Expanding my Personal Learning Network

Given where I am currently in my professional development and the limited time I currently have available, I believe I can grow best by better utilizing opportunities I have on the fringes of my PLN rather than finding entirely new opportunities to learn and grow from. Three such opportunities exist with the Association of Talent Development (ATD), the online Articulate E-Learning Community, and the Instructional Designers in Offices Drinking Coffee (IDIODC) podcast as well as its online community on LinkedIn. While the ways in which I can engage in these communities vary widely, my goals for doing so are consistent and two-fold. I intend to learn more about instructional design, both the theory behind it and its application, and build a stronger network with other professionals through online interaction and sharing of relevant resources and information.

​Name of Network

Description and Purpose

Participation

​ATD is a professional organization whose stated mission is to “Empower professionals to develop talent in the workplace” with a vision of “creating a world that works better.” This organization hosts conferences, courses, publishes books and magazines, and has local chapters in over a hundred and twenty countries (Association of Talent Development, n.d.).

​Read TD Magazine


Join local chapter (Smoky Mountain Chapter)


Attend virtual networking and learning sessions

The E-Learning Heroes Community is an online space for instructional designers, particularly those using Articulate Storyline, to learn from others and participate in weekly build challenges, receive assistance if they are struggling with a course build, and access blogs and e-books as learning resources.

​Resume completing E-Learning Heroes Challenges in Articulate Storyline


Engage in the online community

IDIODC is a weekly live video podcast where the hosts bring on special Learning and Development guests to discuss professional issues and trends (IDIODC, n.d.). There is also a LinkedIn community where users share blog posts related to the field of instructional design.

​Listen to weekly podcast


Engage with group posts on LinkedIn


Network with others

Conclusion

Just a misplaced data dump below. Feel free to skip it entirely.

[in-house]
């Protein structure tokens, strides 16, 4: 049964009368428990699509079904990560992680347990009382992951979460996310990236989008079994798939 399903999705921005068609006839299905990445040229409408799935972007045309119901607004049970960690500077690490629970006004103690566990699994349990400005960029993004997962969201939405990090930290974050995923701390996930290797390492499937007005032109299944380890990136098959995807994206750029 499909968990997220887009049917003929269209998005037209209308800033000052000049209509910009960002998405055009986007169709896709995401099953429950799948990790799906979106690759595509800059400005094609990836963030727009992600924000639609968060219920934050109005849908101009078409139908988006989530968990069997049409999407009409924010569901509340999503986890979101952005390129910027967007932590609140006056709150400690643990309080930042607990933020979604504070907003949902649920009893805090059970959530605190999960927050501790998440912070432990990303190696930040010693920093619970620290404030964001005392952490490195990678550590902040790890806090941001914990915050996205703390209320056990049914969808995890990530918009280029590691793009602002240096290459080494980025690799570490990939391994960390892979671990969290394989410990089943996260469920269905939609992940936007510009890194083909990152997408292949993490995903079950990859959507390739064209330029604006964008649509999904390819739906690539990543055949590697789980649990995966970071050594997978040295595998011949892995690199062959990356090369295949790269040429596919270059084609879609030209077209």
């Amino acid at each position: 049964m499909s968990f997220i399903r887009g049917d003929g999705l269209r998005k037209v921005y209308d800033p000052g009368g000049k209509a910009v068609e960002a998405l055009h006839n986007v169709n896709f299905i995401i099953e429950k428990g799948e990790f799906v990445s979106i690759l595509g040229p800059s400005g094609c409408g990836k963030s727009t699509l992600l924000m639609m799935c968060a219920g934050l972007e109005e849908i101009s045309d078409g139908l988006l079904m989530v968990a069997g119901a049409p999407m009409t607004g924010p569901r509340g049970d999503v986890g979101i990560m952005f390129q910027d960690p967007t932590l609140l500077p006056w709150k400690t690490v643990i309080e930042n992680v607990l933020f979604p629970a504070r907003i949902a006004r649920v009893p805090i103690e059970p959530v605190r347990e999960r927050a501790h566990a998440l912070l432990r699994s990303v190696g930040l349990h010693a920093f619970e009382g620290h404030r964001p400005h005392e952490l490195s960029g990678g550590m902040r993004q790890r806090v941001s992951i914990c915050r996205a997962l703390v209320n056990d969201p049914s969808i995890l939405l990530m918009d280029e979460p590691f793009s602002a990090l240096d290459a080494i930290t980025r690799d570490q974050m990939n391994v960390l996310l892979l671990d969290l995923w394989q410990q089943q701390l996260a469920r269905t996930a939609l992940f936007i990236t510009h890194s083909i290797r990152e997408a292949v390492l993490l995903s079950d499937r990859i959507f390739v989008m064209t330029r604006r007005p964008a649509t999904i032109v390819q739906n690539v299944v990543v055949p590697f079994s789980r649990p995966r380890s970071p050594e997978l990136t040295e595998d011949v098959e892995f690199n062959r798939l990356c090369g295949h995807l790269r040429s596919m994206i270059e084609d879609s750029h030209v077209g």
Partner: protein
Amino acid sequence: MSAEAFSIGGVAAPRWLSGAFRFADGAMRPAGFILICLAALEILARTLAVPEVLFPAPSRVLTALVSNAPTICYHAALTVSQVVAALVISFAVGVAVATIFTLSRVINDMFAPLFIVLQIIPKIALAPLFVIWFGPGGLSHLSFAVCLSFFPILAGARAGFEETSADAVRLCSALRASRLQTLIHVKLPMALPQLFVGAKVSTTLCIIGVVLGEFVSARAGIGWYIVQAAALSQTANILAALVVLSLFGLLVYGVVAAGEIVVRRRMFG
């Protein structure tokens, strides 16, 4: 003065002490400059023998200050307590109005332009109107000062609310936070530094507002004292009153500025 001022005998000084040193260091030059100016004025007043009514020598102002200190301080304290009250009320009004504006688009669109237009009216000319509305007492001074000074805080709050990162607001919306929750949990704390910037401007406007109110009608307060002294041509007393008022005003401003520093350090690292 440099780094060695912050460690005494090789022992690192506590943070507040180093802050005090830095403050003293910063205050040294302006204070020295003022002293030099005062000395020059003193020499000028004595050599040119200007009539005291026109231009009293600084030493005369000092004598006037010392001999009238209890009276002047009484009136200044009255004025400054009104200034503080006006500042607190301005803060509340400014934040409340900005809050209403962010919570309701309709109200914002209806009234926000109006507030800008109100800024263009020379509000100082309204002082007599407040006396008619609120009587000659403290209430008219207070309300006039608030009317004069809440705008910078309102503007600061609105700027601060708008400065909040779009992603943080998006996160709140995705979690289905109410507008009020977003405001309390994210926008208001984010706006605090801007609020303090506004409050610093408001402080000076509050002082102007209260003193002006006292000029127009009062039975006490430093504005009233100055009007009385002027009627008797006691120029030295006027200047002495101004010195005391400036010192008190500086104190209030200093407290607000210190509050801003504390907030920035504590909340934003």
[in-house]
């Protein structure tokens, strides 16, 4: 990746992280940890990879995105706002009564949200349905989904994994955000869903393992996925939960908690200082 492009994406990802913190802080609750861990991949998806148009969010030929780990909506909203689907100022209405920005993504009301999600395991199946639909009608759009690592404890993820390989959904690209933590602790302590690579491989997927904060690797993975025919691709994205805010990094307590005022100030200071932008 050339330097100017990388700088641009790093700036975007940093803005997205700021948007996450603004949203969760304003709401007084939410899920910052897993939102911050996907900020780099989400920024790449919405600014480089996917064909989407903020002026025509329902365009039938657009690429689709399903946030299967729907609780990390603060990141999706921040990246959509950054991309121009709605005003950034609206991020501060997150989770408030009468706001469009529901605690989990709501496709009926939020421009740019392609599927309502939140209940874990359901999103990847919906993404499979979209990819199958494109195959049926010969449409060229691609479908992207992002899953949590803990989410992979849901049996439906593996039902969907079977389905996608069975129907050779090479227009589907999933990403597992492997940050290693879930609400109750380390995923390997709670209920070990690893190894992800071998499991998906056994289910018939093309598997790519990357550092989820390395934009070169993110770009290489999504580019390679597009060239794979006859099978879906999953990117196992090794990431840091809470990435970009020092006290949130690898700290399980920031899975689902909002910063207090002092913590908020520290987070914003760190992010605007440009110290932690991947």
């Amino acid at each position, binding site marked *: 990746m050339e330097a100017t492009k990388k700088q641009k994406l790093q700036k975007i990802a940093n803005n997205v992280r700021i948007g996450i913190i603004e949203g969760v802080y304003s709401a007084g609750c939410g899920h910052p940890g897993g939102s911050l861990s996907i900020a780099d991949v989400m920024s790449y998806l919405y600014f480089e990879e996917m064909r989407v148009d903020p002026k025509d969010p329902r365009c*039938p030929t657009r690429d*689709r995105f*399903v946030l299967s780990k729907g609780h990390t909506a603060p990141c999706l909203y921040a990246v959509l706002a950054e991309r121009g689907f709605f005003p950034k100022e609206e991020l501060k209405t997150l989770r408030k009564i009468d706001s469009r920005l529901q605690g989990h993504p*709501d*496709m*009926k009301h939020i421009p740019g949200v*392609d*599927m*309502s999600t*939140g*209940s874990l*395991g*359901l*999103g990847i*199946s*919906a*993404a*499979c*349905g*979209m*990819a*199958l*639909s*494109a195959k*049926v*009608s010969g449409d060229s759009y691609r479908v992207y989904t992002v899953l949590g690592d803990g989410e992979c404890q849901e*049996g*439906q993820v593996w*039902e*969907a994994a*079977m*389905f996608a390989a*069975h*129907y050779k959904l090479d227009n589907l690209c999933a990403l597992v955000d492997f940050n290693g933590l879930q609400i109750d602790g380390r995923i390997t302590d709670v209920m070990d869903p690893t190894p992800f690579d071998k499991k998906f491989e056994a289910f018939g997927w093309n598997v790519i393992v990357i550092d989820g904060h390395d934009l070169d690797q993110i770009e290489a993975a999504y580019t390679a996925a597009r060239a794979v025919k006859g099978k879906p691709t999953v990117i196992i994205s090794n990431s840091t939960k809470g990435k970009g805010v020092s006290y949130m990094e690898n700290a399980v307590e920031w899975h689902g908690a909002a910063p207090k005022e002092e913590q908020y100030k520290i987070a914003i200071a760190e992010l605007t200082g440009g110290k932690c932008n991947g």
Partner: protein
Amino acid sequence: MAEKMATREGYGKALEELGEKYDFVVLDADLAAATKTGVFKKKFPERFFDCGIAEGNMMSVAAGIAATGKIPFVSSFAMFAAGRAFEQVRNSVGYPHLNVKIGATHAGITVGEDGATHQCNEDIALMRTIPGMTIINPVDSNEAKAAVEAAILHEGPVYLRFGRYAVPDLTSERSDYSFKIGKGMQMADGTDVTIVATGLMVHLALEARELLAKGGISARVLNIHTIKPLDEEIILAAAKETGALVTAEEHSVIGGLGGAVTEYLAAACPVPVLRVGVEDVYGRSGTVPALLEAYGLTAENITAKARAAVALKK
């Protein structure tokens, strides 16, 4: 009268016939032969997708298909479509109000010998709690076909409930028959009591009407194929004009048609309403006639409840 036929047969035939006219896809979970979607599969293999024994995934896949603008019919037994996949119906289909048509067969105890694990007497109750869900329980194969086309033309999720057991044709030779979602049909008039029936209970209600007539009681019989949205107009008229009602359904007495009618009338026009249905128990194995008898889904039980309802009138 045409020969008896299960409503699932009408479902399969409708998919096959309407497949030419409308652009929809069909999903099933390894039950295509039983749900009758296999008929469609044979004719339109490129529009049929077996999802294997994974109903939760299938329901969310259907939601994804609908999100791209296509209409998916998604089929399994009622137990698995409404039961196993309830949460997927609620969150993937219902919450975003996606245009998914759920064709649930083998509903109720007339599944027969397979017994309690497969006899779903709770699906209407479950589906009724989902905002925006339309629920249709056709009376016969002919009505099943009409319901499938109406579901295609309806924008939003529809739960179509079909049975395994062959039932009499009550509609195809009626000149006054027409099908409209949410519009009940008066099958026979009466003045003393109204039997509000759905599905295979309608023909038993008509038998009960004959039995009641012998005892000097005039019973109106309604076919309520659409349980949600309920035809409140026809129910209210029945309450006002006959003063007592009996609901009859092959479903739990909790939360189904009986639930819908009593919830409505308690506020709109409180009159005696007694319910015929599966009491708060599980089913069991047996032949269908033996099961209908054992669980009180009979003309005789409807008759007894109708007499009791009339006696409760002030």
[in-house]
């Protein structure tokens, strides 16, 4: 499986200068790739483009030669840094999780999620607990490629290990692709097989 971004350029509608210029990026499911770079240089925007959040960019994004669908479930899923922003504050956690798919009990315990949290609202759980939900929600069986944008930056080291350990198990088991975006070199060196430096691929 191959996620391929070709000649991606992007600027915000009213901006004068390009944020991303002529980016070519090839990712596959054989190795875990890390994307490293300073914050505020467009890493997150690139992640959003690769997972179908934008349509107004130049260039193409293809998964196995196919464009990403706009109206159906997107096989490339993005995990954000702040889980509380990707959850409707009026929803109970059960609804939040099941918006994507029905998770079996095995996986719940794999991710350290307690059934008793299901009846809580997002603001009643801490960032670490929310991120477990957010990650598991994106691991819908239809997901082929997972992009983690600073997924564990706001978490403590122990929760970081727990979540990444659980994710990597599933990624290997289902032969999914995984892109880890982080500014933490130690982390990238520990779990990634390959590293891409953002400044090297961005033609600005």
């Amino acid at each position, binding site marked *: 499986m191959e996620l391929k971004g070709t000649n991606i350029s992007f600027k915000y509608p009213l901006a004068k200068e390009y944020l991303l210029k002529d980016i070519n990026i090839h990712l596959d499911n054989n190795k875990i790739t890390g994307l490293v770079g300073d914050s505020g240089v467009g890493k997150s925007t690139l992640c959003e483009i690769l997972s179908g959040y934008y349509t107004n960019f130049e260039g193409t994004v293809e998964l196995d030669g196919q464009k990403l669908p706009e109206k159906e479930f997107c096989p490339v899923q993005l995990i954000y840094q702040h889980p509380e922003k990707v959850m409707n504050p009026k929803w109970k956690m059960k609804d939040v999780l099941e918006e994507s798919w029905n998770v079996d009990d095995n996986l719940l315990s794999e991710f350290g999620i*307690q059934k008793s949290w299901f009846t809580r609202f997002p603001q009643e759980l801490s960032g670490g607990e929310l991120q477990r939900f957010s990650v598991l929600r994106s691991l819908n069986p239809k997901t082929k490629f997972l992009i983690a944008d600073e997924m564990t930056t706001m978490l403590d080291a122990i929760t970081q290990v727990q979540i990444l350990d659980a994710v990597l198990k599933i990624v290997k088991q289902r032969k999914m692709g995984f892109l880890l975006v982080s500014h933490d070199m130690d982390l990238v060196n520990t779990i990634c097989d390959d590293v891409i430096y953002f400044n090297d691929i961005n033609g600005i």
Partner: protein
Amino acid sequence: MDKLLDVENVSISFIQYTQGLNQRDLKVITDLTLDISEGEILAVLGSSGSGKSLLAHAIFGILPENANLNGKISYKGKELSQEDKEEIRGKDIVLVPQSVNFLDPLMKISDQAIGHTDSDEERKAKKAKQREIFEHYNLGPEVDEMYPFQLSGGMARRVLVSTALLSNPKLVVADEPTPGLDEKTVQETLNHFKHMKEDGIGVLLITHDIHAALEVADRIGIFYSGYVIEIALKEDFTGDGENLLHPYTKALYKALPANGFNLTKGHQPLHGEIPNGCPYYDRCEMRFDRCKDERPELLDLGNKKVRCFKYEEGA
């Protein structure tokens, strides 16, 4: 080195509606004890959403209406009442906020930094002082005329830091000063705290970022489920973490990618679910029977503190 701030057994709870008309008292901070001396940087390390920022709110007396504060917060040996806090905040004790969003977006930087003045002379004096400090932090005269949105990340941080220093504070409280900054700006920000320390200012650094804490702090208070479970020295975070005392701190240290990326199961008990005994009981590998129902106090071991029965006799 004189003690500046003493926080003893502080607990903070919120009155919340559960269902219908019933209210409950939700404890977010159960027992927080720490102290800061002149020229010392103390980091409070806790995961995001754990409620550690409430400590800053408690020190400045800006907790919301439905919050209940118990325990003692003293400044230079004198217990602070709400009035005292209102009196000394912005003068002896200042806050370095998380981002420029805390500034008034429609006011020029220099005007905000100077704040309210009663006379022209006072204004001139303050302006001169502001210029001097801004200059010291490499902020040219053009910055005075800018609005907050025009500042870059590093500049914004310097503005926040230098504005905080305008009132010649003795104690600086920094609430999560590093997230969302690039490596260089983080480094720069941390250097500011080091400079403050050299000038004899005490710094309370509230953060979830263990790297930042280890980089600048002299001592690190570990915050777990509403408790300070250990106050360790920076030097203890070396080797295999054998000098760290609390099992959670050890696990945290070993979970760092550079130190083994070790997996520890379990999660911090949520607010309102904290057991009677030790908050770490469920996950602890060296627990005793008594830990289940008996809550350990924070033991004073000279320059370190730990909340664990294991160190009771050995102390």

Through the continuation of learning from established networks of personal and professional learning and expanding my network in areas where existing connections are superficial and undeveloped, I can ensure my growth as a professional instructional designer and continue learning about other fields that are of personal interest to me. Online spaces have made it possible for these connections to lead to connections that span all demographics and borders ensuring that I have a diverse and informed personal learning network.


References

American College of Education. (2018). DL5783 Engaging Learners in Online Instruction: Module 4 [Vygotsky and Hutchins presentation]. Canvas. https://ace.instructure.com/courses/1843213/external_tools/118428


American College of Education. (2022). DL5763 Trends in Instructional Design: Module 3 [Personal Learning Networks presentation]. Canvas. https://ace.instructure.com/courses/1843213/external_tools/118428

Association of Talent Development. (n.d.). About Us. https://www.td.org/about

GLDC. (n.d.) About. Global Learning and Development Community. http://www.mygldc.com/about

IDIODC. (n.d.). Instructional Designers in Offices Drinking Coffee. DominKnow. https://www.dominknow.com/idiodc

Kennedy, J. (2018). Towards a model of connectedness in Personal Learning Networks. Journal of Interactive Online Learning, 16(1), 21–40.

LinkedIn Help. (2022). What is LinkedIn and how can I use it? LinkedIn. http://www.linkedin.com/?lang=en

Twitter Help Center. (n.d.). New user FAQ. Twitter. https://help.twitter.com/en/resources/new-user-faq